college. Prof. Ora S. Duffendack of
the physics department, Prof. Lewis
H. Newburgh of the Medical School,
and Dr. Frank H. Wiley of the Medi-
cal School will be in charge of the
work.
The $5,000 grant for research in the
physiology of respiration will aid
Prof. Robert Gesell, head of the phy-
siology department in the Medical
School, to continue his studies along
that line in which he has been en-
gaged for a number of years.
President Alexander G. Ruthven,
has already given the University's
thanks to the Foundation for the
appropriation, which will undoubted-
ly be accepted by the Board of Re-
gents at their meeting next week.
Stock Exchnge Bill
Again Brought Out
WASHINGTON, April 19-(JP)-
White House conferences and com-

mittee meetings on Capitol Hill edged
the congressional program ahead to-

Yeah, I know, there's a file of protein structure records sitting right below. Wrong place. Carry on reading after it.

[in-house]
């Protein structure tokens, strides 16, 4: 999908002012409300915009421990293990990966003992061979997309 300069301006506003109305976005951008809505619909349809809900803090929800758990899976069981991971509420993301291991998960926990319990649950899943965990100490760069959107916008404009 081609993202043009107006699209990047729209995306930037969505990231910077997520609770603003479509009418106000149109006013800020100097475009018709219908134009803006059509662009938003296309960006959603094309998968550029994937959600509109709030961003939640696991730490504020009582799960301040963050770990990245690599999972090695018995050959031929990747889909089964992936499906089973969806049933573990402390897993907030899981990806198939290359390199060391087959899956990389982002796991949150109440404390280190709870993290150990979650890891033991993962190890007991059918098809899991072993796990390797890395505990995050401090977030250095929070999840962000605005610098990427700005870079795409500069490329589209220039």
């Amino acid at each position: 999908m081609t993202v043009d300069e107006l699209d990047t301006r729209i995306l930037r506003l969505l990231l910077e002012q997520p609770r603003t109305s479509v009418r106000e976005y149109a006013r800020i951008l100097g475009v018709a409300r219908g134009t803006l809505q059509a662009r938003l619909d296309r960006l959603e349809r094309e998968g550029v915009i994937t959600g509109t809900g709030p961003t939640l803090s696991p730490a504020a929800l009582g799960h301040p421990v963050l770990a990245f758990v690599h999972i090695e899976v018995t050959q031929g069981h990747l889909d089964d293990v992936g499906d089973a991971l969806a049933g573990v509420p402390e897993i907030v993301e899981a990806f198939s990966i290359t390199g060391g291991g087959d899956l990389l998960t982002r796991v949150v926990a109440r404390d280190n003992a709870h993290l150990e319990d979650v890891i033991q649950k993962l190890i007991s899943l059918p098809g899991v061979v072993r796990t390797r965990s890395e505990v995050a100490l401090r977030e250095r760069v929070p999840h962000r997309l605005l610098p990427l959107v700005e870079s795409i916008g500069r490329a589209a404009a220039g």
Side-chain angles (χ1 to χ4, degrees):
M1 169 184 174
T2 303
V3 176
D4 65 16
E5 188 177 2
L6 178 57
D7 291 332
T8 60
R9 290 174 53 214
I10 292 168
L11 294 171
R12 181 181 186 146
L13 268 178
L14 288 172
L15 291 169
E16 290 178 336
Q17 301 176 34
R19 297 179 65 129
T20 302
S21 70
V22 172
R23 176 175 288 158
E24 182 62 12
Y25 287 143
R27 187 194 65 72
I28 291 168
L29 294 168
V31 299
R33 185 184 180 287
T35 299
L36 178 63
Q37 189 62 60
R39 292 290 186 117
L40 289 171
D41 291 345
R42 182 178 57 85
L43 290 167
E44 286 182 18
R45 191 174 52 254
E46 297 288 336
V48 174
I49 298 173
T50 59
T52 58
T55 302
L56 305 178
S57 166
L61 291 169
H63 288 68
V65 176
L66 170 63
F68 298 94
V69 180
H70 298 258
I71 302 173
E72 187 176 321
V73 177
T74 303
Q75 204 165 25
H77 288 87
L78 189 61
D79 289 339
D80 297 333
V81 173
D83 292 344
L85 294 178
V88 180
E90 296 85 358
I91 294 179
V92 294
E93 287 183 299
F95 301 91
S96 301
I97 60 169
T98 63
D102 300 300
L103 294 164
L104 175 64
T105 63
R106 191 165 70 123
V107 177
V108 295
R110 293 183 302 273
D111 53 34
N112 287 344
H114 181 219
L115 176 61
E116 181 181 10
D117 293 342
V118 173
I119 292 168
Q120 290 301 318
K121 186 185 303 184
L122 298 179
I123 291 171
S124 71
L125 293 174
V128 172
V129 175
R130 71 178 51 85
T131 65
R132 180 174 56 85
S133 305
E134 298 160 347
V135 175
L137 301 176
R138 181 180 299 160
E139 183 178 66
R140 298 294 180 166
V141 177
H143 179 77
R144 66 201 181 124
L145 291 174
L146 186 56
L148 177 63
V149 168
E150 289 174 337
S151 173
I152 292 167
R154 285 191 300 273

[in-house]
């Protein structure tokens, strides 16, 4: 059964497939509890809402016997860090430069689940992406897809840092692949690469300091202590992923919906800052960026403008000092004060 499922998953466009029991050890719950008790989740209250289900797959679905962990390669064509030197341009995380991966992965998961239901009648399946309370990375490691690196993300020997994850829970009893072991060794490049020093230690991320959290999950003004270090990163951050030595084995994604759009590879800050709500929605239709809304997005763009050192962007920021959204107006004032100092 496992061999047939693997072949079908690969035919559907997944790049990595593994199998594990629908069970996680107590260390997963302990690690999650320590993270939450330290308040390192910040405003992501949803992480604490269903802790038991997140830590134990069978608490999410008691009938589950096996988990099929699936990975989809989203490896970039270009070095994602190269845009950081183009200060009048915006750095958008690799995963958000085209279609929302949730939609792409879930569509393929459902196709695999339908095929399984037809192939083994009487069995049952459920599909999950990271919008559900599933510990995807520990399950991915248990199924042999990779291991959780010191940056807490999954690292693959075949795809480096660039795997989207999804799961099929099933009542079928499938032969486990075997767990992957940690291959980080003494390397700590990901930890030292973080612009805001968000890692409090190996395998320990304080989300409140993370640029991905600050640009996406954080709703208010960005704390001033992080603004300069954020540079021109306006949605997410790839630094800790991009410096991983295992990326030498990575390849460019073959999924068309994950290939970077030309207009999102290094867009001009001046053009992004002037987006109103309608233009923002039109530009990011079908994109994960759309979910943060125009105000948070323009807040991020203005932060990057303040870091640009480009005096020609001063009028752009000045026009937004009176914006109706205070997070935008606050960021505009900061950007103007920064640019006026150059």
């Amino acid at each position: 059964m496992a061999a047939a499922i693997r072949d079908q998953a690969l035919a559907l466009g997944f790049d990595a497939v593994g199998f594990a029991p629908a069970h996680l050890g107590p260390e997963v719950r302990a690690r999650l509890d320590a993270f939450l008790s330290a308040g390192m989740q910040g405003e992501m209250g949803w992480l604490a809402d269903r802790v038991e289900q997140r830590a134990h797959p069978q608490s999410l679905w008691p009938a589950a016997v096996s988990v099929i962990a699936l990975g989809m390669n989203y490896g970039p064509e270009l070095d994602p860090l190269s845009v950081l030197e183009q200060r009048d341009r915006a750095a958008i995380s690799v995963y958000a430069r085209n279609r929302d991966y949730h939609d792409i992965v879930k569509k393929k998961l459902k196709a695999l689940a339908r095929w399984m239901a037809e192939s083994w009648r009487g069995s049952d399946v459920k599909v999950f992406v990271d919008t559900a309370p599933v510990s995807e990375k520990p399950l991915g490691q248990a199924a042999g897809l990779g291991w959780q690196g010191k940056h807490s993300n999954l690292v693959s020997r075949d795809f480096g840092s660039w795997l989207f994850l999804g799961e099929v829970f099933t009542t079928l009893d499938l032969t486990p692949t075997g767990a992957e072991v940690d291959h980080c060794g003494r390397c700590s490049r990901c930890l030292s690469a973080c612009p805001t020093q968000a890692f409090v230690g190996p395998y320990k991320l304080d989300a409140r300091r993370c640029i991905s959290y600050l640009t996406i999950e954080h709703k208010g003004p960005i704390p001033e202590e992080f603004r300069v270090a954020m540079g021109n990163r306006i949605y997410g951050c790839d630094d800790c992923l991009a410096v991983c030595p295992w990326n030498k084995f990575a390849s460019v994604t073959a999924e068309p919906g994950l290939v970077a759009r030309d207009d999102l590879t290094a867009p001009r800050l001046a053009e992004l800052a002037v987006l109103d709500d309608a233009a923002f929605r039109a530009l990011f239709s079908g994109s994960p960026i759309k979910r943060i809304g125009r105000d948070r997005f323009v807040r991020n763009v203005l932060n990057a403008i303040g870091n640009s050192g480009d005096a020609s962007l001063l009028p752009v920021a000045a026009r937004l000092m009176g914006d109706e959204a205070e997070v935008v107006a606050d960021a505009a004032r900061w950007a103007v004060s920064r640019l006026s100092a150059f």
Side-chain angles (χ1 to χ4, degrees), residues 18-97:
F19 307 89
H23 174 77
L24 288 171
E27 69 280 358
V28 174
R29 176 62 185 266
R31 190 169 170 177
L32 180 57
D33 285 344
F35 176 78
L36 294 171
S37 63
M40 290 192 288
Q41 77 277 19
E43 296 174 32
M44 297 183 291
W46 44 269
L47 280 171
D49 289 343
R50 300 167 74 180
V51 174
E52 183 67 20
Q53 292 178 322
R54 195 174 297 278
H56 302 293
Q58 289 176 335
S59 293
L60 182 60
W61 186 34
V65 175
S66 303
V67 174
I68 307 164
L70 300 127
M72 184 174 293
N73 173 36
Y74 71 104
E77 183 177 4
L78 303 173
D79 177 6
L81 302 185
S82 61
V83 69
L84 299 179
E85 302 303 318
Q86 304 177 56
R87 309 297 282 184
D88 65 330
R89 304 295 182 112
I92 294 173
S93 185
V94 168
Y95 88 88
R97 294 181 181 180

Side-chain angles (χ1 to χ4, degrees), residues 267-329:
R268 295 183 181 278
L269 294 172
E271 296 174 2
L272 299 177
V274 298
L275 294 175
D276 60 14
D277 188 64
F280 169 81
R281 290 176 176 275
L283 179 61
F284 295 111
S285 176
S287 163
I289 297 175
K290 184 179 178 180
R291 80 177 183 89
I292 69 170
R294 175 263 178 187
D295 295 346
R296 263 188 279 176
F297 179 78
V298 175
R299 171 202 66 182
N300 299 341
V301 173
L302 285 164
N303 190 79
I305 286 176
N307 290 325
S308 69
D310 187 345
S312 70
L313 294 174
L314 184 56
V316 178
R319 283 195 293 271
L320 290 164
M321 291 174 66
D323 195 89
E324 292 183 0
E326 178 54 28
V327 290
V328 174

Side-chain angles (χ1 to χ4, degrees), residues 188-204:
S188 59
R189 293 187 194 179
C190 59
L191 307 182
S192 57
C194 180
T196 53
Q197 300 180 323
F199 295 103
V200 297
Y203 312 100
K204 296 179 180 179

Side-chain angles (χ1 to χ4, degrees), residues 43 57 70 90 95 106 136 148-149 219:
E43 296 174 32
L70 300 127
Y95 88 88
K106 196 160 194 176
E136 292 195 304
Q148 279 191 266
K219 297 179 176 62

day and pushed the Stock Exchange
control bill again into the foreground.
That measure, somewhat altered
by its stay in committee rooms,
emerged again into the light of day
on both sides of the Capitol.

Fraterniies and sororities
which have made arrangements
to act as hosts to delegates to
the model League were asked last

r= ...,_

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to be prepared to receive their
guests.

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which will include a report of the
committee on credentials, examina-
tion and adoption of the agenda, elec-
tion of the agenda committee, elec-
tion of the president and the six vice-
presidents, and presentation of the
secretary-general's report and pre-
liininary discussion of the report.
icd Court Session
A session of the Model Permanent
Court of International Justice will
meet at 3 p.m. This session will be
staged by the students of Wayne
University in Natural Science Audi-
torium and will deal with the S. S.
Lotus collision and its relation to the
governments of Turkey and France.
The annual banquet will be held at
6:00 p.m. in the League. Prof. Jesse
S. Reeves, chairman of the depart-